Competition Entry #29 | Freedom to Dream: India at 70

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ZEE Jaipur Literature Festival Blogging Competition Shortlisted Entry

 

A Borrowed Prayer
Jyoti Saini, 24 years, Ludhiana, Punjab

 

Her crinkled hand always sought a place on my shoulder while I read aloud and translated tales of worlds lost and found in books for her. The seventy-year-old curiosity of my nani could only understand two languages: the clacking of her rosary beads and loud gossips in Hindi, her native tongue. Hence it was an obvious deduction that she would fall prey to the charms of the written word. The only thing barring her osteoporotic bones from making the big leap herself, was her very limited education.

As a child, while I read fantastically coloured picture books of faeries, princesses and pigs, her wizened white eyes would look at those pages with me and ask, pointing towards some flying children, “what is happening now? Why are they flying?” I would explain the complex mechanics of magical flight to her. Thus began my journey as a dishonourable translator.

Time brought on a change from colourful to monochromatic complexities. But one cursed with a thirst to escape is always cursed with it. So it was with my nani. Books were her escape and I was her device.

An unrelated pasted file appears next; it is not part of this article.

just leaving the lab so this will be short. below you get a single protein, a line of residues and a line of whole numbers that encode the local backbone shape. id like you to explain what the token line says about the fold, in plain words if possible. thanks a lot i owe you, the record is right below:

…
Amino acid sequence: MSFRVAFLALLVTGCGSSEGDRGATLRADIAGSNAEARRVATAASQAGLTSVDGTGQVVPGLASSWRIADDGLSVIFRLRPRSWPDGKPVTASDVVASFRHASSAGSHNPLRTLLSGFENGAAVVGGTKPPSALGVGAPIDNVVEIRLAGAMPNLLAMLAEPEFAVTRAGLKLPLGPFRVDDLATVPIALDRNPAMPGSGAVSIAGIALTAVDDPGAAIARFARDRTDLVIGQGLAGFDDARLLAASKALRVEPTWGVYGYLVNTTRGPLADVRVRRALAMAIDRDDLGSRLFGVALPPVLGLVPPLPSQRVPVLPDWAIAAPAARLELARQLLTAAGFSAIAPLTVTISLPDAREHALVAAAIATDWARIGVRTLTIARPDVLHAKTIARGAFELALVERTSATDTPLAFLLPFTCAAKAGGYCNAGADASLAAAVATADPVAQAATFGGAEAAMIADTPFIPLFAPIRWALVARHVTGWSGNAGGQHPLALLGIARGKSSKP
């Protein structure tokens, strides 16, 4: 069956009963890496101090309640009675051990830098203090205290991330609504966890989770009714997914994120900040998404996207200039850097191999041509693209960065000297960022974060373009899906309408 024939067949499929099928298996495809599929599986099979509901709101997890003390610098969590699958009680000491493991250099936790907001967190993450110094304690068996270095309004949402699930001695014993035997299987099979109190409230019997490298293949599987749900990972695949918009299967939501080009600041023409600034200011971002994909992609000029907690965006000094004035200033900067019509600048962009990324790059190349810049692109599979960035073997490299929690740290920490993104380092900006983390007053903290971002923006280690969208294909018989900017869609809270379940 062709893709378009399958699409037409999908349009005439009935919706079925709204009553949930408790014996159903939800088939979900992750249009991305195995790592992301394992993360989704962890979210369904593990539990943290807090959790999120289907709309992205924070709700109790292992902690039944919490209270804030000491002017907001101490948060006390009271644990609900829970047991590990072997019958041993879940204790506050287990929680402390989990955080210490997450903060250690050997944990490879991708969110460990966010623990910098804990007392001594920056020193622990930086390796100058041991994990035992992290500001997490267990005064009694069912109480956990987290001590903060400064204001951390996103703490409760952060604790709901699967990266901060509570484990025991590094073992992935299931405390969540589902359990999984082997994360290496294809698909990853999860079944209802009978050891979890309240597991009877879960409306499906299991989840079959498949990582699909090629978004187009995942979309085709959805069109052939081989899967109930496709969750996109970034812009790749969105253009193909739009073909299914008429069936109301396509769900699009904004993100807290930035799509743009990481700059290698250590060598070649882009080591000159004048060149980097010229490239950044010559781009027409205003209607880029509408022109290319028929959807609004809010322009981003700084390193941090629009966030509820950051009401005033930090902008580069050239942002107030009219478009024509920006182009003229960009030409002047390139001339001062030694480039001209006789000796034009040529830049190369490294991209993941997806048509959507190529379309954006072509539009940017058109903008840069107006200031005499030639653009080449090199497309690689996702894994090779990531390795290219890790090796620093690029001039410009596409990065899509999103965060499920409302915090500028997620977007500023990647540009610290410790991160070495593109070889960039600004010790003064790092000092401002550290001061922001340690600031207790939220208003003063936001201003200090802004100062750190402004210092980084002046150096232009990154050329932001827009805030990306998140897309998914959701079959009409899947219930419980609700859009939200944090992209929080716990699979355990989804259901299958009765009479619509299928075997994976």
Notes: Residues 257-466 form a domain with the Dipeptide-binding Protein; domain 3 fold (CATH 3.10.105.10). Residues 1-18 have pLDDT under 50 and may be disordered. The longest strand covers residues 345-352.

Assuming the role of a translator is a task of utmost responsibility, answerable to both the writer and the listener. It was upon this cushion that I perched with my easy education, and went through the daily routine of passing on the writer’s clever thoughts to nani, who listened with eyes closed, a hand on my shoulder, a smile on her lips.

Completely unaware of the literary formulae of transference and counter-transference, I continued to feed her with foreign stories, infused with my own thoughts, perceptions and interpretations. Though I might agree or disagree with the various aspects of any literary creation, one thing was always obvious to me: translated words are always processed by an intervening brain; a conduit, who consciously or subconsciously modifies the end result.

My nani, with complete submission, listened to what she thought was a different person conversing with her every time I picked up a different book. She was completely unaware that it was only my voice. She never met any of those writers. She never read their words. She never understood their interpretations of the truth. She never understood her own. The ownership always rested with me.

Those are her seventy years; how India dreamed then, does now and will again. My nani’s opinions were meaningless and unbecoming, in a time when teaching a girl to read and write was too tedious a task, unnecessary and a threat to the shrines of masculinity. So much so that, that girl after seventy years worth of life, is still disabled from forming one on her own.

My dream is for every citizen of our nation to have the privilege to be their own translator. To construct their own opinions instead of submitting to the selfish politics of a million others. For everyone to build their own nation, book by book, brick by brick.

 

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